Suppressing the Vote?: Restrictive voting laws are the opposite of electoral reform.

Jill Cicciarelli, a high school civics teacher in Florida, distributed voter registration materials to teach students about the electoral process and encourage 18-year-old students to register to vote. By doing her job she and other teachers inadvertently ran afoul of Florida’s draconian new voter suppression laws, which impose fines of up to $1,000 on third parties who help voters register if the registration forms are not returned within 48 hours. Since the postal service may take more than 48 hours to deliver them, the law has done what the Republican authors desired.

It has stopped groups like the League of Women Voters from registering people unlikely to vote Republican: the old, the young, the poor, the working class, minorities and women. Minority voters are twice as likely as whites to register at a school or through a voter registration drive. The poor, the elderly, the disabled and those who lack the means to drive to a state office during business hours also rely on groups like the League of Women Voters to register. So Republicans passed laws making it very difficult for such groups to register voters.


In 2008 Democrats won more early votes and absentee votes than Republicans, so the Republicans have now limited early and absentee voting. Twenty five percent of African-Americans and 20 percent of Latinos lack government-issued photo ID’s, so Republicans enacted laws requiring the types of ID’s that minorities lack. Today in Texas, a gun license is accepted as an ID for voting, but state photo ID cards issued to students at state universities are not.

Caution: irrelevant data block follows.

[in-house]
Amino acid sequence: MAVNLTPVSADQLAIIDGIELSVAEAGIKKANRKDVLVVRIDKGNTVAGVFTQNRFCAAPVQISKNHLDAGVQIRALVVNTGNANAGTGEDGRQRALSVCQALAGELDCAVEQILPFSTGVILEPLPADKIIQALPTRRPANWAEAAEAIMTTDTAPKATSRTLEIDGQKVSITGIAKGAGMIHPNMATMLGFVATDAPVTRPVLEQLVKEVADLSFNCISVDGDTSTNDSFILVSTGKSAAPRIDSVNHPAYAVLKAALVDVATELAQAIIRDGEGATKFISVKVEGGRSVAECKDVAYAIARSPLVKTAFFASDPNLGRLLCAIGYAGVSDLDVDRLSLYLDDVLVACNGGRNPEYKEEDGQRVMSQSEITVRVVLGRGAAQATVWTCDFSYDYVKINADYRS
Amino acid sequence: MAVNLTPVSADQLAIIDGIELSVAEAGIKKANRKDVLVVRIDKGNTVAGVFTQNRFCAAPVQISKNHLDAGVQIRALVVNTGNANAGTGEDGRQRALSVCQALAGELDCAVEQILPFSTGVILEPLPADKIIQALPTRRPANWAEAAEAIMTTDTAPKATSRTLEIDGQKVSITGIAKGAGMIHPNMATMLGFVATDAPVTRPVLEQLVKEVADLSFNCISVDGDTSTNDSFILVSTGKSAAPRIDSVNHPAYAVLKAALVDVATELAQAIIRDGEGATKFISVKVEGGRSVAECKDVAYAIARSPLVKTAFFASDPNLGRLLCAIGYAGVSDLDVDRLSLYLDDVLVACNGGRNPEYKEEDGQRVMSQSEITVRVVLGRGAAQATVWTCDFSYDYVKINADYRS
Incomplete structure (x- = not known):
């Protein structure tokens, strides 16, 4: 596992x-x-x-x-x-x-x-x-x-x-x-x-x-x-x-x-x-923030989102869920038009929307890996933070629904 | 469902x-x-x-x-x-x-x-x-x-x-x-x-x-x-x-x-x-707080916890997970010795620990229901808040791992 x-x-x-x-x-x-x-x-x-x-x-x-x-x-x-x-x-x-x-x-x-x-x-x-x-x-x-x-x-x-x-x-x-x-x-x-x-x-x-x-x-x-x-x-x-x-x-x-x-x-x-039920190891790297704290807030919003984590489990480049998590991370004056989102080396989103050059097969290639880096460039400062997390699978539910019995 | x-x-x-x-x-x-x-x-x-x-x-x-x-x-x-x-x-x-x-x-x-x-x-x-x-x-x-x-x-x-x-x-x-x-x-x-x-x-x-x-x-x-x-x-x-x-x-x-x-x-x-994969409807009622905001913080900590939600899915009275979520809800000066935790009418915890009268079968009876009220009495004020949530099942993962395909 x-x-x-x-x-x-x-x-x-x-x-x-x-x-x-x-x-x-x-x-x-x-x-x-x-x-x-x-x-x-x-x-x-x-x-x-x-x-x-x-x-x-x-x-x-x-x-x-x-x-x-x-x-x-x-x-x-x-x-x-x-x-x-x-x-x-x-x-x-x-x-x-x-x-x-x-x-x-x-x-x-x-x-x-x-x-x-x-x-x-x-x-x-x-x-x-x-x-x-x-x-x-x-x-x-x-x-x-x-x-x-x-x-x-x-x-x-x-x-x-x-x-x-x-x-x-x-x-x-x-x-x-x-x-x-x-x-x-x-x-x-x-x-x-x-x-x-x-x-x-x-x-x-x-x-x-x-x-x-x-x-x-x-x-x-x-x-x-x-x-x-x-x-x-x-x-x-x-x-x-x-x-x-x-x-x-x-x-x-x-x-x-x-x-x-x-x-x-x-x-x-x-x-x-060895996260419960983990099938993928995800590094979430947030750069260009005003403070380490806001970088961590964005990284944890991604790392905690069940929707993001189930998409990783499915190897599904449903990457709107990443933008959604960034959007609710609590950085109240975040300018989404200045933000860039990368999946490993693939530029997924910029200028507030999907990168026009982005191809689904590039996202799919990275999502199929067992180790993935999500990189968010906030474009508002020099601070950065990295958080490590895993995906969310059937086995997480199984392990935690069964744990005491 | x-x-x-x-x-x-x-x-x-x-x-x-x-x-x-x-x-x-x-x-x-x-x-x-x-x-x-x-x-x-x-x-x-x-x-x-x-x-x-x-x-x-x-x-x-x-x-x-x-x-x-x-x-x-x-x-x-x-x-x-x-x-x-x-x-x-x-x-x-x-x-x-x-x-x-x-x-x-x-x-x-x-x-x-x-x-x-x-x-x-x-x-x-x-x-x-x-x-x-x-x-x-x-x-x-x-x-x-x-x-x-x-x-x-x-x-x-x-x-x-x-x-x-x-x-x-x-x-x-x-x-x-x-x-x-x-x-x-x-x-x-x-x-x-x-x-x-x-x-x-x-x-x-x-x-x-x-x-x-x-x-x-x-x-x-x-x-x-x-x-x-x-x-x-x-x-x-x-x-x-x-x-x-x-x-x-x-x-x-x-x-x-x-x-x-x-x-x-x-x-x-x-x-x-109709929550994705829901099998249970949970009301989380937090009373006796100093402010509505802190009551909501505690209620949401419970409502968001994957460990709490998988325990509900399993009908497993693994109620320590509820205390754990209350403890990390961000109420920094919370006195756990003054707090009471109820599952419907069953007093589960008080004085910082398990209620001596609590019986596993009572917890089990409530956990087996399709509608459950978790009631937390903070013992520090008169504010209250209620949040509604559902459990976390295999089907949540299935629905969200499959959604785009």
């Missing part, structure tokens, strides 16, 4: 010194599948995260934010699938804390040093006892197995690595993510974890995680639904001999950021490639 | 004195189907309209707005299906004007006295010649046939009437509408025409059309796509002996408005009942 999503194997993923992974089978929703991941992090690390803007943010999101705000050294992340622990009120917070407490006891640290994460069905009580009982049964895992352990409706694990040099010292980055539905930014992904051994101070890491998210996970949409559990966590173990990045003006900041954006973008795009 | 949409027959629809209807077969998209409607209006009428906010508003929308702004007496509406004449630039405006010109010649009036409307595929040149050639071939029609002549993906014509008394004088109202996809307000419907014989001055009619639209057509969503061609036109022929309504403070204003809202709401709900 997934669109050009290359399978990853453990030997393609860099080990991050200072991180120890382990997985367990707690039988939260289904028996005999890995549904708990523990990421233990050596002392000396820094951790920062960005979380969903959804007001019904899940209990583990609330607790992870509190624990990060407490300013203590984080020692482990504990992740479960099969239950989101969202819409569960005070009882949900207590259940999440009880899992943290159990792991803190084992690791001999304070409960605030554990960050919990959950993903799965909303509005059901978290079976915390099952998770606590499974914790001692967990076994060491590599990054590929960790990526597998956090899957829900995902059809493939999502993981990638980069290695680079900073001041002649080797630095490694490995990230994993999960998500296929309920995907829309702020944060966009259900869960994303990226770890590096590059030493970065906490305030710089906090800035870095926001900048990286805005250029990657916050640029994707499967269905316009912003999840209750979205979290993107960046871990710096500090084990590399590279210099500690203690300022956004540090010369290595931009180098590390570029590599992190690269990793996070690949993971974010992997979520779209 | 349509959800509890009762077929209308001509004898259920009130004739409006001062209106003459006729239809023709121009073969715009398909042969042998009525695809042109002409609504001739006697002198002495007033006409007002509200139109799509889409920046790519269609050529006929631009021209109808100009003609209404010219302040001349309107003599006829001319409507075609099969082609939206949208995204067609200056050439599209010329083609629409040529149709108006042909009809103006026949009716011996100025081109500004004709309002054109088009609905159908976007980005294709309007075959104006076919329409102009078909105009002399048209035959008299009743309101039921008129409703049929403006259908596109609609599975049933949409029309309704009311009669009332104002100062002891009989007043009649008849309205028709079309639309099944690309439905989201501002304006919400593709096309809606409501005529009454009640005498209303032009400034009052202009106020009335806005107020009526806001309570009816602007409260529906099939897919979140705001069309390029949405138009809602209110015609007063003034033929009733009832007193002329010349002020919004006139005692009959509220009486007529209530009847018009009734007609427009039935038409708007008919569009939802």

When the Bush administration Justice Department ran extensive investigations on voter fraud, they found there were more deaths by lightning strike in the United States each year than cases of voter fraud. The Brennan Center for Justice at New York University School of Law notes that most of the very few cases of irregularities (only 86 cases in the whole country over a five-year period), were cases of clerical errors and misunderstandings about voter rules, not fraud.

Why then are Republican legislators and governors squandering hundreds of millions of scarce taxpayer dollars in these difficult economic times on unnecessary measures in response to a nonexistent problem? Republican legislatures in 16 states, including the battleground states of Florida, Ohio, Virginia, Wisconsin and New Hampshire, passed restrictive voter laws in the past year alone. The new laws restrict voter registration, limit early and absentee voting and remove many legally registered voters from official electoral lists. These laws are the opposite of electoral reform; they are aimed at preventing the votes of citizens who might not vote Republican.

Paul Weyrich, founder of the Heritage Foundation and the Moral Majority and an advocate for the new laws, is quite candid: “I don’t want everybody to vote. As a matter of fact, our leverage in the elections quite candidly goes up as the voting populace goes down.” Instead of competing for votes, Republicans seek to bar the votes of those who might disagree with them.